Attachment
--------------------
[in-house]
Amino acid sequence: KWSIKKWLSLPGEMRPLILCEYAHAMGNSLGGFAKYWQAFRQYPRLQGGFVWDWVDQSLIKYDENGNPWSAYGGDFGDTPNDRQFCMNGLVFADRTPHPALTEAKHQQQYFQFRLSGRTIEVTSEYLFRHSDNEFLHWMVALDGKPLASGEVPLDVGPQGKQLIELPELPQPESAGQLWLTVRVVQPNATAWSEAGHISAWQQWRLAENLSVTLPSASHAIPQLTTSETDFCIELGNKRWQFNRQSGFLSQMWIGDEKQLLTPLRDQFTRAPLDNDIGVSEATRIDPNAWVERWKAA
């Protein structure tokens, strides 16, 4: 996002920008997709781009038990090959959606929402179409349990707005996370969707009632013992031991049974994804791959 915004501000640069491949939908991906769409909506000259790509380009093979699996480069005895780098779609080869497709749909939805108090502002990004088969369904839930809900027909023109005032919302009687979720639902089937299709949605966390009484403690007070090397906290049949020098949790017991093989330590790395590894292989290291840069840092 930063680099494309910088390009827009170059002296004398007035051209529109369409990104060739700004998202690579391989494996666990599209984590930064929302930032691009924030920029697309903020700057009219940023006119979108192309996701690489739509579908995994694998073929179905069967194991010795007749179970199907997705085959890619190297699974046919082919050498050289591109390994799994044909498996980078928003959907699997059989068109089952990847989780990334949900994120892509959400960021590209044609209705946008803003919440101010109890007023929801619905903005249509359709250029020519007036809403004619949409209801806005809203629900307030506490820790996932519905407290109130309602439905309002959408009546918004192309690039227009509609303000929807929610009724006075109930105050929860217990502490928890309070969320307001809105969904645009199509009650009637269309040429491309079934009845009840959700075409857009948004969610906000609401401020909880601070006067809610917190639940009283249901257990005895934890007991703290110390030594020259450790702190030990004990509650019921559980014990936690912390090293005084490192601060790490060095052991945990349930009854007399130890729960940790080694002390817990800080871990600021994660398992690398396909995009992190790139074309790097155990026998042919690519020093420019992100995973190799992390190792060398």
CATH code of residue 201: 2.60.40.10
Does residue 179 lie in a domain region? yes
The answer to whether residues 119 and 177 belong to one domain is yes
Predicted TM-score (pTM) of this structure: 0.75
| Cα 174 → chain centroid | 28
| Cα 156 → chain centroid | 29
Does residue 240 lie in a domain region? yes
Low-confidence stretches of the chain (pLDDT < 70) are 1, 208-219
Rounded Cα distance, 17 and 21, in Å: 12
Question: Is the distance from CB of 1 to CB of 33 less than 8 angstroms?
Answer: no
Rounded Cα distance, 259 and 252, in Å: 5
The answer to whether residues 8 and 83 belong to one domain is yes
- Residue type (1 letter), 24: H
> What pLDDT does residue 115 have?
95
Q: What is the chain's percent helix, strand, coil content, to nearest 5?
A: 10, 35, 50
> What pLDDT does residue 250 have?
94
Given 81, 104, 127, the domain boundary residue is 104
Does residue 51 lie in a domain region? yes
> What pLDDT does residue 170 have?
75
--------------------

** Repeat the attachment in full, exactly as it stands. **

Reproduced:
[in-house]
Amino acid sequence: KWSIKKWLSLPGEMRPLILCEYAHAMGNSLGGFAKYWQAFRQYPRLQGGFVWDWVDQSLIKYDENGNPWSAYGGDFGDTPNDRQFCMNGLVFADRTPHPALTEAKHQQQYFQFRLSGRTIEVTSEYLFRHSDNEFLHWMVALDGKPLASGEVPLDVGPQGKQLIELPELPQPESAGQLWLTVRVVQPNATAWSEAGHISAWQQWRLAENLSVTLPSASHAIPQLTTSETDFCIELGNKRWQFNRQSGFLSQMWIGDEKQLLTPLRDQFTRAPLDNDIGVSEATRIDPNAWVERWKAA
């Protein structure tokens, strides 16, 4: 996002920008997709781009038990090959959606929402179409349990707005996370969707009632013992031991049974994804791959 915004501000640069491949939908991906769409909506000259790509380009093979699996480069005895780098779609080869497709749909939805108090502002990004088969369904839930809900027909023109005032919302009687979720639902089937299709949605966390009484403690007070090397906290049949020098949790017991093989330590790395590894292989290291840069840092 930063680099494309910088390009827009170059002296004398007035051209529109369409990104060739700004998202690579391989494996666990599209984590930064929302930032691009924030920029697309903020700057009219940023006119979108192309996701690489739509579908995994694998073929179905069967194991010795007749179970199907997705085959890619190297699974046919082919050498050289591109390994799994044909498996980078928003959907699997059989068109089952990847989780990334949900994120892509959400960021590209044609209705946008803003919440101010109890007023929801619905903005249509359709250029020519007036809403004619949409209801806005809203629900307030506490820790996932519905407290109130309602439905309002959408009546918004192309690039227009509609303000929807929610009724006075109930105050929860217990502490928890309070969320307001809105969904645009199509009650009637269309040429491309079934009845009840959700075409857009948004969610906000609401401020909880601070006067809610917190639940009283249901257990005895934890007991703290110390030594020259450790702190030990004990509650019921559980014990936690912390090293005084490192601060790490060095052991945990349930009854007399130890729960940790080694002390817990800080871990600021994660398992690398396909995009992190790139074309790097155990026998042919690519020093420019992100995973190799992390190792060398």
CATH code of residue 201: 2.60.40.10
Does residue 179 lie in a domain region? yes
The answer to whether residues 119 and 177 belong to one domain is yes
Predicted TM-score (pTM) of this structure: 0.75
| Cα 174 → chain centroid | 28
| Cα 156 → chain centroid | 29
Does residue 240 lie in a domain region? yes
Low-confidence stretches of the chain (pLDDT < 70) are 1, 208-219
Rounded Cα distance, 17 and 21, in Å: 12
Question: Is the distance from CB of 1 to CB of 33 less than 8 angstroms?
Answer: no
Rounded Cα distance, 259 and 252, in Å: 5
The answer to whether residues 8 and 83 belong to one domain is yes
- Residue type (1 letter), 24: H
> What pLDDT does residue 115 have?
95
Q: What is the chain's percent helix, strand, coil content, to nearest 5?
A: 10, 35, 50
> What pLDDT does residue 250 have?
94
Given 81, 104, 127, the domain boundary residue is 104
Does residue 51 lie in a domain region? yes
> What pLDDT does residue 170 have?
75